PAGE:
Information overload is making it impossible for clinicians to keep up-to-date, according to the findings of research published in the British Medical Journal (BMJ) by a Bond University team.
A team of researchers from the University’s Centre for Research in Evidence-Based Practice: Associate Professor Tammy Hoffmann, Assistant Professor Chrissy Erueti, medical librarian Sarah Thorning and Professor of Evidence Based Medicine Paul Glasziou, conducted a study into the scatter of research across journals for seven medical specialties and nine subspecialties.
They found specialty relevant randomised trials and systematic reviews are published in more journals than clinicians can feasibly read to keep up to date with research.
“Our results highlight that clinicians who read or subscribe to journals in their speciality only, or arbitrarily scan a few journals for up to date information, are likely to miss many new relevant papers,” said Associate Professor Hoffmann.
“Research output doubles about every seven years. The annual growth rate of randomised trials, for example, is around 11%,” said Associate Professor Hoffmann.
“This continuing expansion is both a blessing and a curse. The collective knowledge we gain has potential to benefit patients globally, but that is inhibited by an information overload being experienced by clinicians struggling to keep abreast of new research.
“Growth in the number of both articles and journals means reports of new developments are increasingly scattered, with no corresponding increase in the amount of time clinicians can devote to reading,” she said.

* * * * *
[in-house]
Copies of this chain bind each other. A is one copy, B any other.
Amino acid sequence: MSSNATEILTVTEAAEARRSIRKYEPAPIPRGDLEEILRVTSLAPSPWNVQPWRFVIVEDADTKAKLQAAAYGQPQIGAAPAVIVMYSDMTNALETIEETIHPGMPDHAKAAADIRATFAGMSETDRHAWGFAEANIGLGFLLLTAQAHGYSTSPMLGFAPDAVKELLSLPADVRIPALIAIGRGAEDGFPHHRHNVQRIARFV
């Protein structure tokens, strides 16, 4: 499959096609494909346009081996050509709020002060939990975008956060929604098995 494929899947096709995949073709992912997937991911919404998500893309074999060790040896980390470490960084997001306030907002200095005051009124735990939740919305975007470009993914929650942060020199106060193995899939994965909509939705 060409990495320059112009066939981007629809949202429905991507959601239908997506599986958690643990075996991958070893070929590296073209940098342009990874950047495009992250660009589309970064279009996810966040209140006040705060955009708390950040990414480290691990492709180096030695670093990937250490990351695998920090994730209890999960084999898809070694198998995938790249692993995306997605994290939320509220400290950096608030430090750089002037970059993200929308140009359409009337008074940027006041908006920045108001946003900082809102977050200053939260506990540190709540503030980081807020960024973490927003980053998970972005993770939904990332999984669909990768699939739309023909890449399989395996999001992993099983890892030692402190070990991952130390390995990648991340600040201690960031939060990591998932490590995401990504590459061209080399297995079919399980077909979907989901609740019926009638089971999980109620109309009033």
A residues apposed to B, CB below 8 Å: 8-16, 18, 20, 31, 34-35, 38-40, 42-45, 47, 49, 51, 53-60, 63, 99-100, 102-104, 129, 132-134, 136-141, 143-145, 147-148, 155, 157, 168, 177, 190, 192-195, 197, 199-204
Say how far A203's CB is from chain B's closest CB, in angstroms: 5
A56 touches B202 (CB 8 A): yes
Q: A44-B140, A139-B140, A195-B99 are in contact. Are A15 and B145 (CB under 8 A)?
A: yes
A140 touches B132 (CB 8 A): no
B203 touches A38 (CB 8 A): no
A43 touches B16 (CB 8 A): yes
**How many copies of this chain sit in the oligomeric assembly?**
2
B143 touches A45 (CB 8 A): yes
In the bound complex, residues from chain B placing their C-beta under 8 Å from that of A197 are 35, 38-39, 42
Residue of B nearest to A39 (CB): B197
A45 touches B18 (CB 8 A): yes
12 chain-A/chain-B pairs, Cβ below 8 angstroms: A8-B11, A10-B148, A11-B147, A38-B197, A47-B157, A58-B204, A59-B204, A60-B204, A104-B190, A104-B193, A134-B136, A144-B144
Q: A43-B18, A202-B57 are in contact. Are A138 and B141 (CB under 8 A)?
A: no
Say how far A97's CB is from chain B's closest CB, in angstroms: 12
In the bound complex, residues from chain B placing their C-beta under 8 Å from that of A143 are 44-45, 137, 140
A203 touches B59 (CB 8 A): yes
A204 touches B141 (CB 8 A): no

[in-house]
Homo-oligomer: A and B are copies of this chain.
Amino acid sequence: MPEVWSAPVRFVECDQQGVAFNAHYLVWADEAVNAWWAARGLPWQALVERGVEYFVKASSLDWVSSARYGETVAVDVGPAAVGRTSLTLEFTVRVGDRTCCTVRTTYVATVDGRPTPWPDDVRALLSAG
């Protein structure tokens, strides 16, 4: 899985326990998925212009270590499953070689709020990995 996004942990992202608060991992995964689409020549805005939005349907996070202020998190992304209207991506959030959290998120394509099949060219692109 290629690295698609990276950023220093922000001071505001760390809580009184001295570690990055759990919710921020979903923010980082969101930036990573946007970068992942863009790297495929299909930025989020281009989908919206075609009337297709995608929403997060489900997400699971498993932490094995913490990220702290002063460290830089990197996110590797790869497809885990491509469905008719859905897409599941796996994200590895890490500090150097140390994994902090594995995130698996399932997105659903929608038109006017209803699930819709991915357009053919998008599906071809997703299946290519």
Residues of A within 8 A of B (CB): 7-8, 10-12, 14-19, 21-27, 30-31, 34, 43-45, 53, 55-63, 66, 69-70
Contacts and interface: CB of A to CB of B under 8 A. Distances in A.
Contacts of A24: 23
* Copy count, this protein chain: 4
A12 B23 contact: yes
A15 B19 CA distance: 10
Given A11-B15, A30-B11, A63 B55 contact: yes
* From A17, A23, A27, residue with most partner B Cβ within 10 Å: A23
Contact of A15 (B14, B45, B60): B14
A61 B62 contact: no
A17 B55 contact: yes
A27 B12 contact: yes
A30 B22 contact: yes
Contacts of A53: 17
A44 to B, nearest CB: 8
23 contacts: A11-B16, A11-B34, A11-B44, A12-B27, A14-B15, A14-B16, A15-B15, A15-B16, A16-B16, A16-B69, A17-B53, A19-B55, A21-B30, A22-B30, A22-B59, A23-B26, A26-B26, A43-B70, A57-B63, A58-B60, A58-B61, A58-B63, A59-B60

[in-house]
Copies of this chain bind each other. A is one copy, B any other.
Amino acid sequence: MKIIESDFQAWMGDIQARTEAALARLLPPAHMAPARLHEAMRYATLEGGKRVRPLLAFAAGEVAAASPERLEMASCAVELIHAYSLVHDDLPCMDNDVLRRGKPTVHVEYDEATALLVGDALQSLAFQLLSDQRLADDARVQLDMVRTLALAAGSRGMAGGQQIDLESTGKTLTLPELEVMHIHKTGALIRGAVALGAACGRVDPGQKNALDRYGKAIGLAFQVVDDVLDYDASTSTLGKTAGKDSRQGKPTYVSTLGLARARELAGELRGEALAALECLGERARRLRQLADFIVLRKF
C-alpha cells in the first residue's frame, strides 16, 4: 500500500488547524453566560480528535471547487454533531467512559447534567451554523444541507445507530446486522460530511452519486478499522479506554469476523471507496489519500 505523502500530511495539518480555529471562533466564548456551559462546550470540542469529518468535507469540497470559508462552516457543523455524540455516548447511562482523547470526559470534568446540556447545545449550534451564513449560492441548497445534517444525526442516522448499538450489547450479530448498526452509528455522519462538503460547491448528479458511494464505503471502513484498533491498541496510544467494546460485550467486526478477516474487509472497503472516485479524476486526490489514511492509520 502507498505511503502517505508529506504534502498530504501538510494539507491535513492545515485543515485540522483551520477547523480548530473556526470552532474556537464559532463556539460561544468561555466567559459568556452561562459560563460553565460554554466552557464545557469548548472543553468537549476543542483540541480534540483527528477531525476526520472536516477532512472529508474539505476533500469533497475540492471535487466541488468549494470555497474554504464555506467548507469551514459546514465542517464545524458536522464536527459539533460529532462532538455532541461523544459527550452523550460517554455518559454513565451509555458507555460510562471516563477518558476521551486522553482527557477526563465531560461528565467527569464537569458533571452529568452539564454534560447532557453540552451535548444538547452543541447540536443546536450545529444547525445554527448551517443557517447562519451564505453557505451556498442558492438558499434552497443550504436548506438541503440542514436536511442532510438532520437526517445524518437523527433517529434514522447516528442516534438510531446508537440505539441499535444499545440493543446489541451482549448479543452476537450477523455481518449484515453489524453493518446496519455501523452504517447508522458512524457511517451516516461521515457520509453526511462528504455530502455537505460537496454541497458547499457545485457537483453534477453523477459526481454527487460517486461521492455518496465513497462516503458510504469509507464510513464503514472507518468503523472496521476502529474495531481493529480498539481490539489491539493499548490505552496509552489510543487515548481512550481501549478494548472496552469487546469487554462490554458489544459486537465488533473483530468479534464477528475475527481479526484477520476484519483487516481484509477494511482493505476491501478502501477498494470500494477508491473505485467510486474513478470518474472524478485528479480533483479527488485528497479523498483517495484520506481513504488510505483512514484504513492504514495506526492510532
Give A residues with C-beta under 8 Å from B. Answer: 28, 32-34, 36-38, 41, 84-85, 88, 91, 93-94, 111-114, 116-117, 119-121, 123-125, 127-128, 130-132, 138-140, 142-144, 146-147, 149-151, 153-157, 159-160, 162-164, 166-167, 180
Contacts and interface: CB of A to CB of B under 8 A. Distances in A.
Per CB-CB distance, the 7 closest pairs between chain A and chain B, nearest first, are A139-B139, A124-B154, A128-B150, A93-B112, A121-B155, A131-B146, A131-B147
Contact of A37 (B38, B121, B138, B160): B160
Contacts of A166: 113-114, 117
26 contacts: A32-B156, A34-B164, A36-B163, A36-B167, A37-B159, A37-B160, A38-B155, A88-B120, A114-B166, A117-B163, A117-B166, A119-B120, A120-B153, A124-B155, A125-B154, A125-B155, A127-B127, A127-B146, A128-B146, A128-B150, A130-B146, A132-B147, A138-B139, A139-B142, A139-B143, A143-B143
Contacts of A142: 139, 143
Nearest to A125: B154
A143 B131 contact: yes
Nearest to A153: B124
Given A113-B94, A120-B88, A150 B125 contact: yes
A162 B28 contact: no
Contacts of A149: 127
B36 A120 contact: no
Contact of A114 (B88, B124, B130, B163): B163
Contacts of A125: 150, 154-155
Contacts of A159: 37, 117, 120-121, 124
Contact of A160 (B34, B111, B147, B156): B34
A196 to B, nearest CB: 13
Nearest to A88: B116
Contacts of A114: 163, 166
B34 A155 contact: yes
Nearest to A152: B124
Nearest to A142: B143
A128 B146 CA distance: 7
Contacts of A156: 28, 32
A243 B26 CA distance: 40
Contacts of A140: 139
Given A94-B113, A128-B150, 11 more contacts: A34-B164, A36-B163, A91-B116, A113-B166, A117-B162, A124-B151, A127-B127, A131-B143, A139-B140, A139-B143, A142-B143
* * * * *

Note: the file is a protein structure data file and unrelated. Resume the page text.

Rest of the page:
The Bond University study found publication rates of randomised trials varied widely according to speciality – from one to seven trials per day – with articles scattered across hundreds of journals.
Although systematic reviews, (which attempt to reduce the scatter of trials by synthesising the best research for a specific clinical question), did reduce the extent of scatter, their publication is still widely spread, and often outside of ‘core’ journals.
She said solutions are clearly needed to help clinicians cope with the increasing volume and scatter of research publications.
“Systematic review registers, specialist databases and journal scanning services are all potential solutions that have been proposed in different disciplines, but few of these exist and many of the current systems do not seem adequate.
“Each specialty should consider which types of resource may provide the greatest benefit for their clinicians.
“Although the cost to develop and maintain such resources will be substantial, it is small compared with the $100bn spent on medical research annually, much of which is wasted because it is unusable or unused,” said Associate Professor Hoffmann.